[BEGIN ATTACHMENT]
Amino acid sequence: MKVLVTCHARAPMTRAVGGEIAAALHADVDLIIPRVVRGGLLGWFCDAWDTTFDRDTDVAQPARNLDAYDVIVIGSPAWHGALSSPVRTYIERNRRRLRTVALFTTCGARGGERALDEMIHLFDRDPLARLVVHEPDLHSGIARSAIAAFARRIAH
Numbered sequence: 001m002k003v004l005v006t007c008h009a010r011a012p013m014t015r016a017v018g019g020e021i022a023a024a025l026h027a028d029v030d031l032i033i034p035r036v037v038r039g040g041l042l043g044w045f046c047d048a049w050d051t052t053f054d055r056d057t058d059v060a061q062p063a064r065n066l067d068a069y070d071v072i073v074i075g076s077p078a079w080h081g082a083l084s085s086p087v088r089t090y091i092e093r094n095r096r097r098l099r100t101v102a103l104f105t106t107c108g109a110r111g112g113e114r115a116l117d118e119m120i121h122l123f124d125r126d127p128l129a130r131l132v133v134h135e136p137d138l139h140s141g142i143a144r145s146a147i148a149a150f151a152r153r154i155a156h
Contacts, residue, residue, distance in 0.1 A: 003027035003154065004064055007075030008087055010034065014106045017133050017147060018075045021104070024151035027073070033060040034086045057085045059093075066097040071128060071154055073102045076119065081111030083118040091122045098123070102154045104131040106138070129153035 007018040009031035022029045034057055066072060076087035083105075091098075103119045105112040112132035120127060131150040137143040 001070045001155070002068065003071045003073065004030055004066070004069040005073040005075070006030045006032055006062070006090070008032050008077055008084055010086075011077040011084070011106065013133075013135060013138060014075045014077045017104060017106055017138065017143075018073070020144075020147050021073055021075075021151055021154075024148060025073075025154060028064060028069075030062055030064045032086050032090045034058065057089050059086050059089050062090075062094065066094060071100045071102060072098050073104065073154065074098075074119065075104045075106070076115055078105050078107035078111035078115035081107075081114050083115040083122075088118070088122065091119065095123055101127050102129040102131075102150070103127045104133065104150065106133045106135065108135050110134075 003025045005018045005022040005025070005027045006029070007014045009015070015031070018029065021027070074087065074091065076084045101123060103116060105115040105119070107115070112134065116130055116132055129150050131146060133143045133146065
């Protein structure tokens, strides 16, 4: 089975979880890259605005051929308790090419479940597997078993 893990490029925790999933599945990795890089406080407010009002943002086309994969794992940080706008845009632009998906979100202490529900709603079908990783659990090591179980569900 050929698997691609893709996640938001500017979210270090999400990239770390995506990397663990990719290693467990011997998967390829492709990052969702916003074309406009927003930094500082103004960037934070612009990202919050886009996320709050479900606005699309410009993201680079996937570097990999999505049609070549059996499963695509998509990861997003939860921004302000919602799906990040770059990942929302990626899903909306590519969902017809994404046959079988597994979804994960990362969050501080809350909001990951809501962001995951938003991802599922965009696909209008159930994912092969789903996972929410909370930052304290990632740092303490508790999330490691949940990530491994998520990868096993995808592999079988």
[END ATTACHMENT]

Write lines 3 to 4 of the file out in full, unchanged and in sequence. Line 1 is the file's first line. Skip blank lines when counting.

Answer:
Contacts, residue, residue, distance in 0.1 A: 003027035003154065004064055007075030008087055010034065014106045017133050017147060018075045021104070024151035027073070033060040034086045057085045059093075066097040071128060071154055073102045076119065081111030083118040091122045098123070102154045104131040106138070129153035 007018040009031035022029045034057055066072060076087035083105075091098075103119045105112040112132035120127060131150040137143040 001070045001155070002068065003071045003073065004030055004066070004069040005073040005075070006030045006032055006062070006090070008032050008077055008084055010086075011077040011084070011106065013133075013135060013138060014075045014077045017104060017106055017138065017143075018073070020144075020147050021073055021075075021151055021154075024148060025073075025154060028064060028069075030062055030064045032086050032090045034058065057089050059086050059089050062090075062094065066094060071100045071102060072098050073104065073154065074098075074119065075104045075106070076115055078105050078107035078111035078115035081107075081114050083115040083122075088118070088122065091119065095123055101127050102129040102131075102150070103127045104133065104150065106133045106135065108135050110134075 003025045005018045005022040005025070005027045006029070007014045009015070015031070018029065021027070074087065074091065076084045101123060103116060105115040105119070107115070112134065116130055116132055129150050131146060133143045133146065
């Protein structure tokens, strides 16, 4: 089975979880890259605005051929308790090419479940597997078993 893990490029925790999933599945990795890089406080407010009002943002086309994969794992940080706008845009632009998906979100202490529900709603079908990783659990090591179980569900 050929698997691609893709996640938001500017979210270090999400990239770390995506990397663990990719290693467990011997998967390829492709990052969702916003074309406009927003930094500082103004960037934070612009990202919050886009996320709050479900606005699309410009993201680079996937570097990999999505049609070549059996499963695509998509990861997003939860921004302000919602799906990040770059990942929302990626899903909306590519969902017809994404046959079988597994979804994960990362969050501080809350909001990951809501962001995951938003991802599922965009696909209008159930994912092969789903996972929410909370930052304290990632740092303490508790999330490691949940990530491994998520990868096993995808592999079988």